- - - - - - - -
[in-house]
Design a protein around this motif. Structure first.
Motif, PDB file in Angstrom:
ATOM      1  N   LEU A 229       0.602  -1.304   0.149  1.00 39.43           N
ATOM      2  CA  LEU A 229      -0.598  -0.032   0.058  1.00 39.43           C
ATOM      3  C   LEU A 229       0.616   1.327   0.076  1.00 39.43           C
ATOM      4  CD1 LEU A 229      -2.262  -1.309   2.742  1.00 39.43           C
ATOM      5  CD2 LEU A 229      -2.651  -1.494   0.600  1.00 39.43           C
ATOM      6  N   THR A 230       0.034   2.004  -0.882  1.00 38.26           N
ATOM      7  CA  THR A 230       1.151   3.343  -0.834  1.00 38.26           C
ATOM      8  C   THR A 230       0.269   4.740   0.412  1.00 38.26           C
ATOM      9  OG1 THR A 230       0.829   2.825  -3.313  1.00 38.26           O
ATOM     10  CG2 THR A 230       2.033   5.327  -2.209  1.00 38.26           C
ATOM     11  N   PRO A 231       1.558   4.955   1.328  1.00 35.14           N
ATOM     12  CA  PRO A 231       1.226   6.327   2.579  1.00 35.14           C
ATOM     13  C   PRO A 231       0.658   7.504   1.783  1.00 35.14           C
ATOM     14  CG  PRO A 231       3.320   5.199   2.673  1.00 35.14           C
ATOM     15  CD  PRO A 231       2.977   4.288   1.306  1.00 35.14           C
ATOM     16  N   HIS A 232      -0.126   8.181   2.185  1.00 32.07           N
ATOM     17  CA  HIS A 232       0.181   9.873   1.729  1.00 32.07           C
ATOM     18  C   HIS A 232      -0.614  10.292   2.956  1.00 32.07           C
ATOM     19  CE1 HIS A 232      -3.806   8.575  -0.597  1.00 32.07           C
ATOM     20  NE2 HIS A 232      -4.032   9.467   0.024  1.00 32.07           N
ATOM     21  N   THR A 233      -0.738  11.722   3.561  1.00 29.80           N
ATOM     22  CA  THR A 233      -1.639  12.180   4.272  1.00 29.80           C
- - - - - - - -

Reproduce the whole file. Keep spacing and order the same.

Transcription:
[in-house]
Design a protein around this motif. Structure first.
Motif, PDB file in Angstrom:
ATOM      1  N   LEU A 229       0.602  -1.304   0.149  1.00 39.43           N
ATOM      2  CA  LEU A 229      -0.598  -0.032   0.058  1.00 39.43           C
ATOM      3  C   LEU A 229       0.616   1.327   0.076  1.00 39.43           C
ATOM      4  CD1 LEU A 229      -2.262  -1.309   2.742  1.00 39.43           C
ATOM      5  CD2 LEU A 229      -2.651  -1.494   0.600  1.00 39.43           C
ATOM      6  N   THR A 230       0.034   2.004  -0.882  1.00 38.26           N
ATOM      7  CA  THR A 230       1.151   3.343  -0.834  1.00 38.26           C
ATOM      8  C   THR A 230       0.269   4.740   0.412  1.00 38.26           C
ATOM      9  OG1 THR A 230       0.829   2.825  -3.313  1.00 38.26           O
ATOM     10  CG2 THR A 230       2.033   5.327  -2.209  1.00 38.26           C
ATOM     11  N   PRO A 231       1.558   4.955   1.328  1.00 35.14           N
ATOM     12  CA  PRO A 231       1.226   6.327   2.579  1.00 35.14           C
ATOM     13  C   PRO A 231       0.658   7.504   1.783  1.00 35.14           C
ATOM     14  CG  PRO A 231       3.320   5.199   2.673  1.00 35.14           C
ATOM     15  CD  PRO A 231       2.977   4.288   1.306  1.00 35.14           C
ATOM     16  N   HIS A 232      -0.126   8.181   2.185  1.00 32.07           N
ATOM     17  CA  HIS A 232       0.181   9.873   1.729  1.00 32.07           C
ATOM     18  C   HIS A 232      -0.614  10.292   2.956  1.00 32.07           C
ATOM     19  CE1 HIS A 232      -3.806   8.575  -0.597  1.00 32.07           C
ATOM     20  NE2 HIS A 232      -4.032   9.467   0.024  1.00 32.07           N
ATOM     21  N   THR A 233      -0.738  11.722   3.561  1.00 29.80           N
ATOM     22  CA  THR A 233      -1.639  12.180   4.272  1.00 29.80           C